Toyota introduced the second-generation version of its Sienna minivan at Detroit’s North American International Auto Show in early January 2003. Not only has its power been increased, but the redesigned Sienna is also available with either all-wheel drive or two-wheel drive.
“The all-American Sienna has been improved, refined and enlarged,” said Don Esmond, senior vice president and general manager of Toyota Division. Toyota promises class-leading interior comfort, convenience and flexibility.
The all-new chassis has a wheelbase more than 5 inches longer than that in the previous model. The front and rear tracks are each nearly 4 inches wider, yet the 2004 Sienna has a turning radius more than 3 feet tighter than its predecessor. Total interior volume has grown by more than 44 cubic feet.
The Sienna is offered in four trim levels: CE, LE, XLE and the new top-of-the-line XLE Limited. All-wheel drive is available on the three upper-end models. Sienna CE and LE minivans come in both seven- and eight-passenger configurations.
More than 90 percent of the Sienna’s content comes from North American suppliers, and the minivan is built on an all-new assembly line in Princeton, Ind. The 2004 Sienna went on sale in March 2003.
Disabled motorists may purchase an IMS Sienna Rampvan, which is Toyota’s first wheelchair-accessible vehicle sold in the United States. Independent Mobility Systems Inc. handles the conversion, and Rampvans are sold through IMS dealers.
Toyota says a significant amount of Sienna styling was done at the CALTY design studio in Newport Beach, Calif. Even though the Sienna’s basic appearance hasn’t changed dramatically, the dimensions on the new version are markedly larger. The 2004 Sienna rides a 119.3-inch wheelbase and measures 200 inches long overall - that represents an increase of 6.5 inches. Standing 68.9 inches tall, the 2004 Sienna is 4 inches wider than its predecessor. Standard tires are 16 inches in diameter, but alloy wheels on the XLE Limited hold 17-inch tires.
Two distinct second-row seating options are available. The seven-passenger configuration features second-row captain’s chairs with a passenger-side chair that can be moved side to side, permitting either a bench or bucket arrangement. To hold eight passengers, the Sienna can have a three-way split, folding bench seat in the second row. A “Front and Center” middle seat can be moved almost 13 inches closer to the front seat, making infants in child-safety seats more accessible. Cargo volume totals 148.9 cubic feet behind the front seats or 94.5 cubic feet behind the second row.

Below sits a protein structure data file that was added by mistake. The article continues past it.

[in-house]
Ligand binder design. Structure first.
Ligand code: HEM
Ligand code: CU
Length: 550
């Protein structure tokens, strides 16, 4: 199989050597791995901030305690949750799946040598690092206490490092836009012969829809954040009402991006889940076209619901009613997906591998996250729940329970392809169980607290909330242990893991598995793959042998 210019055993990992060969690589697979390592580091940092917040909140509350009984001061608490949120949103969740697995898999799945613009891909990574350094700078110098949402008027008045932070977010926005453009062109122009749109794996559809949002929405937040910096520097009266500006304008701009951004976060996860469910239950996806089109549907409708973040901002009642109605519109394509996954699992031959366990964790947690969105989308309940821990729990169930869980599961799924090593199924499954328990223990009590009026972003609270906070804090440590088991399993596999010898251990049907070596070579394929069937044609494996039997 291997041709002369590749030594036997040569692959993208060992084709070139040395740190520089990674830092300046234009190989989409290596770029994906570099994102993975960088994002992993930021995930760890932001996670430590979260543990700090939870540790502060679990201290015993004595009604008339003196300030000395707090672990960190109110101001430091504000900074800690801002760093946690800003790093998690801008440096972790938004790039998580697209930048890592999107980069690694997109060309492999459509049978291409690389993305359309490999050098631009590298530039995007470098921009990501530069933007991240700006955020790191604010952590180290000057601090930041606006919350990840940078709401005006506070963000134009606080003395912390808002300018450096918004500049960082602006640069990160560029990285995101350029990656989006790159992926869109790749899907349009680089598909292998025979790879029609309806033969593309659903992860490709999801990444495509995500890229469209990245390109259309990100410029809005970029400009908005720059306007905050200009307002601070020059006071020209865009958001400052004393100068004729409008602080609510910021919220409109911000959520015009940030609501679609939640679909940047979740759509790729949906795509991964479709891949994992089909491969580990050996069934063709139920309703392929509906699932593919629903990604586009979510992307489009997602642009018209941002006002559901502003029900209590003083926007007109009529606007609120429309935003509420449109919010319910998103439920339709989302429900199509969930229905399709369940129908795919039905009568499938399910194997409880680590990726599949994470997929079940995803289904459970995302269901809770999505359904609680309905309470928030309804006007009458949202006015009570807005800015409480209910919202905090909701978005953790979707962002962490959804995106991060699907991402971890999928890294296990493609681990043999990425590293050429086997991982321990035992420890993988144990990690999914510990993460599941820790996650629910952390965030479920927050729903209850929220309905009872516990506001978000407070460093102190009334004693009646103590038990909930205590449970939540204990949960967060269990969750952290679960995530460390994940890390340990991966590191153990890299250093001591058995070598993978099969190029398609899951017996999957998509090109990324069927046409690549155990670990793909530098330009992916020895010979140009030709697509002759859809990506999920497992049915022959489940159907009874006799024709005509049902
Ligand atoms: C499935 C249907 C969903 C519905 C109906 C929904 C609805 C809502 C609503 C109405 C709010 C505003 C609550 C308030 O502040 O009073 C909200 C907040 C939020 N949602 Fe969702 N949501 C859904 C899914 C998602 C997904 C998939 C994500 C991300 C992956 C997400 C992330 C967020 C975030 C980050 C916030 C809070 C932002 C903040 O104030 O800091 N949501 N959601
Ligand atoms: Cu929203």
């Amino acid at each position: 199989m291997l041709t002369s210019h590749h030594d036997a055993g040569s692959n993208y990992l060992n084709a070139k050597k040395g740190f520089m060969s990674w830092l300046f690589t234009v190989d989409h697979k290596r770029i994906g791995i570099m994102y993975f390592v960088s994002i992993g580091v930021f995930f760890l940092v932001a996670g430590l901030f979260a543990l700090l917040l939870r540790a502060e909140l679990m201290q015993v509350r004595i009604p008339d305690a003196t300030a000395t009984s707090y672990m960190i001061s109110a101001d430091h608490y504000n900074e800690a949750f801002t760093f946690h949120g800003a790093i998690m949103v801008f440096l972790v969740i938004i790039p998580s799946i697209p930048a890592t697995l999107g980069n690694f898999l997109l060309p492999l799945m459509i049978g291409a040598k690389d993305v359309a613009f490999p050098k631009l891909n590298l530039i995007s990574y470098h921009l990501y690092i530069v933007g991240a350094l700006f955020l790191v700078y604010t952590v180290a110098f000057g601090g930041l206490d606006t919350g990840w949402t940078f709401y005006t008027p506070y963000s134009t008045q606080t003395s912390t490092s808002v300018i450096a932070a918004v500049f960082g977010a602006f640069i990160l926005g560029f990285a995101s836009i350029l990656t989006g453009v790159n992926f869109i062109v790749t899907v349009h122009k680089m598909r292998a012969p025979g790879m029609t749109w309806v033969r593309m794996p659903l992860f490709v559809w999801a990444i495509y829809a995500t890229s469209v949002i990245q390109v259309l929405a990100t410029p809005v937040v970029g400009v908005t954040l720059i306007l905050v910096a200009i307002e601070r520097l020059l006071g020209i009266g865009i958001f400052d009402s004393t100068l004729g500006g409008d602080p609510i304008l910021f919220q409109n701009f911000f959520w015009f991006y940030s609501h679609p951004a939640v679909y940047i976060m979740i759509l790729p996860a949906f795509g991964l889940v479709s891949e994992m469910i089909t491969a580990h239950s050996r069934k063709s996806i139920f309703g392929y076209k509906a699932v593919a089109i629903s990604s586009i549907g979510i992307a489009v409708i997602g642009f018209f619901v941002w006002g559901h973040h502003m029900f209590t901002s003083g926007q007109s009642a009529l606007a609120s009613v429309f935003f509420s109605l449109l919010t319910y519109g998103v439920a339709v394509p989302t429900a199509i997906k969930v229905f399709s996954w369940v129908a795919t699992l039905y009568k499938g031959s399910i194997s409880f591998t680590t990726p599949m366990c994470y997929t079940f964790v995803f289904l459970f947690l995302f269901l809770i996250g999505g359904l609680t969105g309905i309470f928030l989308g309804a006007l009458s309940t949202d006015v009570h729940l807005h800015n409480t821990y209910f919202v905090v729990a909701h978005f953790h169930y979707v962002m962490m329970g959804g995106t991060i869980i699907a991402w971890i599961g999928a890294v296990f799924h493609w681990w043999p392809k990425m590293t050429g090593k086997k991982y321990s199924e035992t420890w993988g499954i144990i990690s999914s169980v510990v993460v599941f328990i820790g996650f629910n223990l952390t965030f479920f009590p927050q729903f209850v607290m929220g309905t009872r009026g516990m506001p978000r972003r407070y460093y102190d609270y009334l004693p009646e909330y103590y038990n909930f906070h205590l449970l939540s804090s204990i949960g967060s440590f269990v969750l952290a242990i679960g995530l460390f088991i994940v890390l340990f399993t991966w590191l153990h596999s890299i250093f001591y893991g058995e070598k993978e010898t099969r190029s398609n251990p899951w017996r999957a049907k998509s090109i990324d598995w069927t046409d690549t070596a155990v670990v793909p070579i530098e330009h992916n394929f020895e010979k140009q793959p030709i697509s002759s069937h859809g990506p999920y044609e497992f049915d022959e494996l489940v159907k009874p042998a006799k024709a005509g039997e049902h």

A standard 60/40 “Split & Stow” bench seat in the third row folds flat into the floor. Either side of the seat may be stowed separately via a low-effort one-hand operation. With the rear seat stowed and the second-row seats removed, 4-by-8-foot plywood sheets can be loaded flat. Optional equipment includes a rear-seat DVD video system, a navigation system with a rearview camera, backseat audio, laser cruise control and a woodgrain/leather-covered steering wheel. Sonar-based front and rear parking assistance and a 360-watt JBL Synthesis cassette/six-CD stereo with a 10-speaker surround sound audio system are also optional.
Under the Hood
An all-new 3.3-liter V-6 engine produces 230 horsepower and 242 pounds-feet of torque; it drives a five-speed-automatic transmission with intelligence. Toyota claims that the Sienna can accelerate from zero to 60 mph in 8.3 seconds, calling that figure best in class. The Sienna qualifies as a Level II Ultra Low Emissions Vehicle (ULEV-II).
Antilock brakes are standard, and all-wheel-drive models have standard all-disc brakes. Vehicle Stability Control with traction control and Brake Assist are optional. Side-impact airbags for the front seats and side curtain-type airbags that cover all three rows of seats are standard in the XLE Limited and optional in other Sienna models.
Toyota has taken its already-excellent minivan and turned it into a superior, well-executed people hauler. The new Sienna runs quietly, just like its predecessor, and it steers with a light touch. The new model is easy to drive. Acceleration from a standstill is eager and energetic, coupled with relatively prompt and effective responses for passing and merging.
The Sienna’s ride comfort is the only notable imperfection, and it’s comparatively minor. Even though the suspension doesn’t ignore bumps, which are typically felt, few cause any bothersome commotion. The Sienna is stable on the highway and easy to keep on course. The brakes are easy to modulate, and the minivan corners adeptly with little effort.
The second-row seats are excellent, and the third row folds down easily. Visibility is outstanding, except for tall back headrests that tend to block the rearward view. The seat bottoms are short, but the driver’s seat is comfortable and helpfully supportive, with plenty of space around it. The gated gearshift is in an excellent position, and the immense glove box is easy to reach.
Cars.com Expert Reviews
|Jim Flammang||Cars.com National||February 25, 2004|
|Bob Golfen||AZCentral.com||October 4, 2003|
|Anita And Paul Lienert||The Detroit News||June 11, 2003|
|Royal Ford||Boston.com||May 25, 2003|
|Warren Brown||washingtonpost.com||April 20, 2003|
|John O'Dell||Los Angeles Times||April 9, 2003|
|Steven Cole Smith||Orlando Sentinel||March 20, 2003|
|Jim Mateja||chicagotribune.com||March 9, 2003|
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